Come Saturday she said to me: Ray, I don’t know what’s going on but this thing is driving me insane. It’s no good, I can’t seem to think straight anymore. And then she gave me one of her determined looks. I’m going on over to Dan’s place, see for myself. God, Ray, you don’t think…what if he’s done something foolish? Patsy, I said, not believing what I was hearing. No, no, she insisted. These things do happen, they happen when people get down, I know they do. They do things you might never imagine. I want to go, I have to go. Ray, please! I’ll admit, when she put things in that light it did make me think. She could be right. So we drove over there. But there was no answer when we tried the door. I strolled around to the back to look for signs of life.

I peered in through the kitchen window. Everything was neat and tidy. Nothing that might alarm you. But it was a strange feeling, gazing into someone’s house like that. An empty house but so full of memories. Hanging over one of the kitchen chairs I spotted a brown woollen shawl that Nancy had often worn when she visited us, and there were other things, like cups and dishes and jars, homely things that brought back so much. The times we’d sat around that table in the kitchen and talked! Just talked. The pleasure of talking of life, of love, the future, the way you do with close friends. Where the future is not the important thing, just the talking about it, the sharing of dreams, of hopes. And Patsy. Patsy had probably heard a hundred poems read to her at that same table while Dan and I chased Canadian geese through the great outdoors. I joined Patsy at the front of the house. She was staring up at Dan and Nancy’s bedroom. The curtains were drawn. He may be inside there, she said in a whisper. You really think so, I asked. You honestly think Dan’s the sort? Anyone, she replied. Anyone’s the sort if the pain is bad enough. How can you tell? Being brave is just a mask. There comes a point when the pain just takes over, forces you to choose the lesser of two pains.

A dozen red roses were lying on the doorstep when we arrived. And there was another unsigned card. We assumed the flowers were from Dan. Who else?

Back in the living room, Patsy was standing in front of the flowers. She didn’t hear me come in. I watched as she reached out and began to pull petals from one of the roses. She was muttering something under her breath. When I cleared my throat noisily to let her know I was there, it made her jump. She span around and looked at me but she was not smiling. She looked more beautiful than ever. My own rose: a tall, pliant body which I so loved to dress and undress, to caress, to bathe with, to lie with, to love. I held out my arms and waited for her to walk towards me. Instead she closed her eyes and sighed. She raised a hand to her right cheek and bowed her head. A silence opened up between us. I wanted to tell her about the florist but couldn’t speak. My hands were shaking. She needs to be alone, I thought, alone with the flowers. Perhaps I should just slip away and call the police. Something had to be done. I knew that now. On her face a haunted, remote look. I needed her and she was nowhere. I looked down at her feet. There were rose petals on the carpet. Patsy reached out and took another flower from the vase. One by one she pulled at the petals until the stem was stripped bare, and all the time her lips were moving, silently. Words, but words not meant for me.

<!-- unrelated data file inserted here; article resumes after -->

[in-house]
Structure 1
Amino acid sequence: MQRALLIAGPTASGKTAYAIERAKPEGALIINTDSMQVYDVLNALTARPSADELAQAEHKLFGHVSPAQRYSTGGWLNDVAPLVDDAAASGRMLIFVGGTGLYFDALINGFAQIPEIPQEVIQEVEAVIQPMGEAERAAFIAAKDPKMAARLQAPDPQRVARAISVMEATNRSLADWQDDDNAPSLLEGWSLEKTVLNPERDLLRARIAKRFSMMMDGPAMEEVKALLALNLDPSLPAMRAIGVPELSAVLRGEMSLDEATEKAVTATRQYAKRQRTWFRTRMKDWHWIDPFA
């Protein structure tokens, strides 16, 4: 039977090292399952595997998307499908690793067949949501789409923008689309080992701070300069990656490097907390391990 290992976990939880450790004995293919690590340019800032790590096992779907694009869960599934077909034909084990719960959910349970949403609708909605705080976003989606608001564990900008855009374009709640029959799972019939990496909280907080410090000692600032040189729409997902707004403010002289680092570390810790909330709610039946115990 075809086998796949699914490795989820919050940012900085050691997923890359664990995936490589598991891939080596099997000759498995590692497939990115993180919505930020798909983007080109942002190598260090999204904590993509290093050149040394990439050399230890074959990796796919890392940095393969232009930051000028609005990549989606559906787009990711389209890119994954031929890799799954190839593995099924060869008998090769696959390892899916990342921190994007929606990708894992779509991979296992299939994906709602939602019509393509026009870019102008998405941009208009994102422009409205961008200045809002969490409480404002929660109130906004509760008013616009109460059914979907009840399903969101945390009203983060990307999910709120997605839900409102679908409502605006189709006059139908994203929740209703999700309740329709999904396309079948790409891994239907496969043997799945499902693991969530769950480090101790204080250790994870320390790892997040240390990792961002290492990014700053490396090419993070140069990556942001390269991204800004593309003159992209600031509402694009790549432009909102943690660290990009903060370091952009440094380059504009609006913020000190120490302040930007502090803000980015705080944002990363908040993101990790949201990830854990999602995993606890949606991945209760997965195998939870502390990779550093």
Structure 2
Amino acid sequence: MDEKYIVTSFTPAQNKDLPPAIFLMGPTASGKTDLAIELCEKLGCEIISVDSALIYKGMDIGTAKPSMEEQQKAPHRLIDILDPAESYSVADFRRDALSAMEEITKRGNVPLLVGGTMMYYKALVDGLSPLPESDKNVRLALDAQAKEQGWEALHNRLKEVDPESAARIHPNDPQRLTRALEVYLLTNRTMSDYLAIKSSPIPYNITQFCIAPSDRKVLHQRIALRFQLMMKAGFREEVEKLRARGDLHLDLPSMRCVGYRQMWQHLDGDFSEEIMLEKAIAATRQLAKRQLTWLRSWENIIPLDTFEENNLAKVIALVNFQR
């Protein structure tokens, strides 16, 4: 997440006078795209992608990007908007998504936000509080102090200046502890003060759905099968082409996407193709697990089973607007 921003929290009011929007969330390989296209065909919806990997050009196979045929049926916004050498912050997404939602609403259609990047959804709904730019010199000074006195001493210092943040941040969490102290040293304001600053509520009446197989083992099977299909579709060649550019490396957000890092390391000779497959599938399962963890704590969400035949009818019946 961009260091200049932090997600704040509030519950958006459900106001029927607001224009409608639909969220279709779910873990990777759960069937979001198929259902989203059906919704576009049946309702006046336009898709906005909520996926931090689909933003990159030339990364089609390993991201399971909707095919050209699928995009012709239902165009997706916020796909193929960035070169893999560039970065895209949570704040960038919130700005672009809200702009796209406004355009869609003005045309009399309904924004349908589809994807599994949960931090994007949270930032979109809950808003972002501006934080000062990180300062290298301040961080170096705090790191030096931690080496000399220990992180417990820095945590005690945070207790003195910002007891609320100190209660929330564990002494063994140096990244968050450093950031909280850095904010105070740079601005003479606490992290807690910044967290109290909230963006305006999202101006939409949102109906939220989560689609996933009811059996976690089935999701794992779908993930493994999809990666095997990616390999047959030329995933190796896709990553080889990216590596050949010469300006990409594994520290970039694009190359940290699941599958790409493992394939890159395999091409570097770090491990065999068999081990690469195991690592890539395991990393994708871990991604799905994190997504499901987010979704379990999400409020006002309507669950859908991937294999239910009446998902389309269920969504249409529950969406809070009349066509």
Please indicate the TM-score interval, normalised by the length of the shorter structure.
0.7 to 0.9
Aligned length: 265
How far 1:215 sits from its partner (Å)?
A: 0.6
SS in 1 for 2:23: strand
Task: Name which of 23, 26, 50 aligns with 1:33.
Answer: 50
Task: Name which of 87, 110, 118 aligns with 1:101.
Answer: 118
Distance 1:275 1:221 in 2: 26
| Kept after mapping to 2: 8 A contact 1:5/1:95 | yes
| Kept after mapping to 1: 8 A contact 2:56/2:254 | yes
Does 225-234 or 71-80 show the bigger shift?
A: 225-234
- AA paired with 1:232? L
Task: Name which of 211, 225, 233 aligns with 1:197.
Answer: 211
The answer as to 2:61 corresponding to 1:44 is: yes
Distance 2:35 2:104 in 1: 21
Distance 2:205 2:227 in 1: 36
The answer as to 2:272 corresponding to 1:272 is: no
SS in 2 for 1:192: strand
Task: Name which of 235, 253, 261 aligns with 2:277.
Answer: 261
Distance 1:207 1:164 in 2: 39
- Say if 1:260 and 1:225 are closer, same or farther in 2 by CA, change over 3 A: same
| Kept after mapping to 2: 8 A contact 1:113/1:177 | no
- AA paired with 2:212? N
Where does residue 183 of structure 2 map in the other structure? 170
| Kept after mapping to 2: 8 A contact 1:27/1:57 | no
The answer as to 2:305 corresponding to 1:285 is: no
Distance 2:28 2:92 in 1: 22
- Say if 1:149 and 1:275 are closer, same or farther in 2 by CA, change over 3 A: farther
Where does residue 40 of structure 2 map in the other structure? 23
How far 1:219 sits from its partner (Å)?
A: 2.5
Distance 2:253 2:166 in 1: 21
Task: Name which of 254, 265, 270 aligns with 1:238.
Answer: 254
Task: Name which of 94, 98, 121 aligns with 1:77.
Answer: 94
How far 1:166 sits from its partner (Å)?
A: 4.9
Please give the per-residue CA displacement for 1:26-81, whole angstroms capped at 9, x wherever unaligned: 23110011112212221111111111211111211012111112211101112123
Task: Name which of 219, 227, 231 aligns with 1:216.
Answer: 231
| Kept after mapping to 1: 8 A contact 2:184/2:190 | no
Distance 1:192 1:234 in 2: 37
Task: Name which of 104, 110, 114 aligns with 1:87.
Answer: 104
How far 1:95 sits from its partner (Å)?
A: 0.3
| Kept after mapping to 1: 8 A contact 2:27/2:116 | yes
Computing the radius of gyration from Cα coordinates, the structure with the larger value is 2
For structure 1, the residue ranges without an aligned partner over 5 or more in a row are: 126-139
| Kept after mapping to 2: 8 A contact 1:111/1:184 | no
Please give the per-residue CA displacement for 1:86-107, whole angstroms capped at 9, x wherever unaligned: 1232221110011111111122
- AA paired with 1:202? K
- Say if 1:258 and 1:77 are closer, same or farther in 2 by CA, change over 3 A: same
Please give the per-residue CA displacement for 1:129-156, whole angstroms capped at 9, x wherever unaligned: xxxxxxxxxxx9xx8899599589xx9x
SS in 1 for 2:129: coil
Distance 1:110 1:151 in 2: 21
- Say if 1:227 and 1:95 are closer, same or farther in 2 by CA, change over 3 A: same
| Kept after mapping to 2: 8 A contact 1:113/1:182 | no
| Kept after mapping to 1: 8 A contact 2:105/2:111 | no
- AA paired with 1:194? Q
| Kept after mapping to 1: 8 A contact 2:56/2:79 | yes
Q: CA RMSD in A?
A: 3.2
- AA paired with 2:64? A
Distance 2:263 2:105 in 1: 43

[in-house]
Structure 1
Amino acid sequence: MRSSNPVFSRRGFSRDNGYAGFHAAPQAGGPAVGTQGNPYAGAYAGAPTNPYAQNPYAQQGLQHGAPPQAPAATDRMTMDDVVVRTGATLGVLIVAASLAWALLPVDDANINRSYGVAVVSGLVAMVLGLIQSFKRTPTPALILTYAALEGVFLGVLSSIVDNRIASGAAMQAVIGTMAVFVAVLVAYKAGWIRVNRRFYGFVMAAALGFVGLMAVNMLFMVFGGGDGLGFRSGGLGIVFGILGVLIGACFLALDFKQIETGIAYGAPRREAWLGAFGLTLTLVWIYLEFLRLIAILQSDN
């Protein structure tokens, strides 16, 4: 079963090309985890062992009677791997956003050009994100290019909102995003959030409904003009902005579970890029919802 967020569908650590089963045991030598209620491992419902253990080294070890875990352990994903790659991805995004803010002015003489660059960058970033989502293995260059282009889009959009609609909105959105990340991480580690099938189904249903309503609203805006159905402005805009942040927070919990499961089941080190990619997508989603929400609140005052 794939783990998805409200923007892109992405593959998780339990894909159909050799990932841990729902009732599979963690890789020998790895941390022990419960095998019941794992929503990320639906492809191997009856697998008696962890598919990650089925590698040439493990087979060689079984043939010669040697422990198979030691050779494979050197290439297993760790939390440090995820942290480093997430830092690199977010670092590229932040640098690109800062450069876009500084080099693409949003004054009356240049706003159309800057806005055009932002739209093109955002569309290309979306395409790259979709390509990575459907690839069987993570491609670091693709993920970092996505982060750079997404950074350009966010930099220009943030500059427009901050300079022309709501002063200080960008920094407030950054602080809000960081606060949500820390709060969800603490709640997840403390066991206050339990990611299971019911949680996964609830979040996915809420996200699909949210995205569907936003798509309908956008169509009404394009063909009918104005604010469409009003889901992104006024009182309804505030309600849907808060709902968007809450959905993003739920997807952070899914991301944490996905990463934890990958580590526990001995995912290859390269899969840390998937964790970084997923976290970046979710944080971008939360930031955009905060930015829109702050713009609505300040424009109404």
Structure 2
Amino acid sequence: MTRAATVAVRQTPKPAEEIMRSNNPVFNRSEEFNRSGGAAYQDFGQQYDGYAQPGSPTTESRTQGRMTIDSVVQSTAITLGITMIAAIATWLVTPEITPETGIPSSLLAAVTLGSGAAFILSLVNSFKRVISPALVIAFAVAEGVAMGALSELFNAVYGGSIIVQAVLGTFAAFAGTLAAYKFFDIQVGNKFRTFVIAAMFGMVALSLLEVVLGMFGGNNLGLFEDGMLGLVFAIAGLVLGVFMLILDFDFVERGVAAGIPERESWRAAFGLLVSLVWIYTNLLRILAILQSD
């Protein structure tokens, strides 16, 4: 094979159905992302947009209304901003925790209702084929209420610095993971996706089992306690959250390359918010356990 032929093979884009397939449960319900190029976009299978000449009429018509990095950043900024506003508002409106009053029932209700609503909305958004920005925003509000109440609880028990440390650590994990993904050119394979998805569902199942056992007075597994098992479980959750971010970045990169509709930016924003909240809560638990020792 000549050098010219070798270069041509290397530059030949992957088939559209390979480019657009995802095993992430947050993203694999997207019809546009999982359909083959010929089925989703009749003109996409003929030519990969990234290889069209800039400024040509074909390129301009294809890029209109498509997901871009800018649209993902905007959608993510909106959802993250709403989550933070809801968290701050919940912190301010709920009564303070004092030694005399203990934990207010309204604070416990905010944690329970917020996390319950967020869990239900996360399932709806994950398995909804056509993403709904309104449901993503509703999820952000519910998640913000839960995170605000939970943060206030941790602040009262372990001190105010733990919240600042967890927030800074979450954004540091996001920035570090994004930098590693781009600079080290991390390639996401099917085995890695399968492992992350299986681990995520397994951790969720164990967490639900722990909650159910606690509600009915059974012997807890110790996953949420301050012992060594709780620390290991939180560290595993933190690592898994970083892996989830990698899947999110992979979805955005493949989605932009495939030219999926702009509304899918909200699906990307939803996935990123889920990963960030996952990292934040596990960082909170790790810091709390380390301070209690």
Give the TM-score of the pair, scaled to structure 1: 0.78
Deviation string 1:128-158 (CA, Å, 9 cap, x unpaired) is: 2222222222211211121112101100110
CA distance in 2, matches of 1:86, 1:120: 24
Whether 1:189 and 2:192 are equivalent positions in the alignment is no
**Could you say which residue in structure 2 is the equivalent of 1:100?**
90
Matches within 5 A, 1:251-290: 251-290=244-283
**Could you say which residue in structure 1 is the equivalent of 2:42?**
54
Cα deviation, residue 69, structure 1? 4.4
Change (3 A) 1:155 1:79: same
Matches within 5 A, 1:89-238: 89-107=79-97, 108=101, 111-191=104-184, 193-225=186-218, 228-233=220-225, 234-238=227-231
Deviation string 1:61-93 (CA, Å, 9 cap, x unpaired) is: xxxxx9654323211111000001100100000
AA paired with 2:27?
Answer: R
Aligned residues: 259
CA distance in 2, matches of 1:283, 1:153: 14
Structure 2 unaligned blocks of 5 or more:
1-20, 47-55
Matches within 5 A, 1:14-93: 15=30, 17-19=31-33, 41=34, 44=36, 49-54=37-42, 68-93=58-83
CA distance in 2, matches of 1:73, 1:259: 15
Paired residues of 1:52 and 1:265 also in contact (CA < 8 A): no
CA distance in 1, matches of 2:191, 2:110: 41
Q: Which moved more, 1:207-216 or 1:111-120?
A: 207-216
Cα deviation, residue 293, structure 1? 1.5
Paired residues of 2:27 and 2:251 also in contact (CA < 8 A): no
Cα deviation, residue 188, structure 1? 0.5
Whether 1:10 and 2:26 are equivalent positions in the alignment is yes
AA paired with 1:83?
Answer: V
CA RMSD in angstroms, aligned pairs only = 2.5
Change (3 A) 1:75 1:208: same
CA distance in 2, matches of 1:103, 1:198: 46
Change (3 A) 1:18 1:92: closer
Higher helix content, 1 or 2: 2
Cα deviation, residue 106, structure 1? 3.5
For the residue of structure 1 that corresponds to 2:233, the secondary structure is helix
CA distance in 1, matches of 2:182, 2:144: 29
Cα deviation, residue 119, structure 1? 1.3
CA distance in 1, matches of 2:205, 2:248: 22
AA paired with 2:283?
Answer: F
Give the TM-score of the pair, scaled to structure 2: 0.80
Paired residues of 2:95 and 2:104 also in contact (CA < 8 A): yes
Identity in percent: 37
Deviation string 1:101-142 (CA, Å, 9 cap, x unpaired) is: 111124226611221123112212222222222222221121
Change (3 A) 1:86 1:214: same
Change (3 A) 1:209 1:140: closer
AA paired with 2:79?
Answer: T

Dead men don’t send flowers. Not in Missoula, at least, and the officer laughed at his own wit.

That night she slept in Nancy’s room. I lay awake thinking of Nancy and of how much pain her death had brought upon us all. How the world without Nancy was not the same place and never would be. One person and all that difference. Nothing lasts forever. Nothing endures. And Patsy, where was she? One confusion after another. I wondered too what had become of Dan, why had he sent the roses, and what did it all mean, and most of all I wondered how long it would be before Patsy returned to my bed.

John Lyons, 1992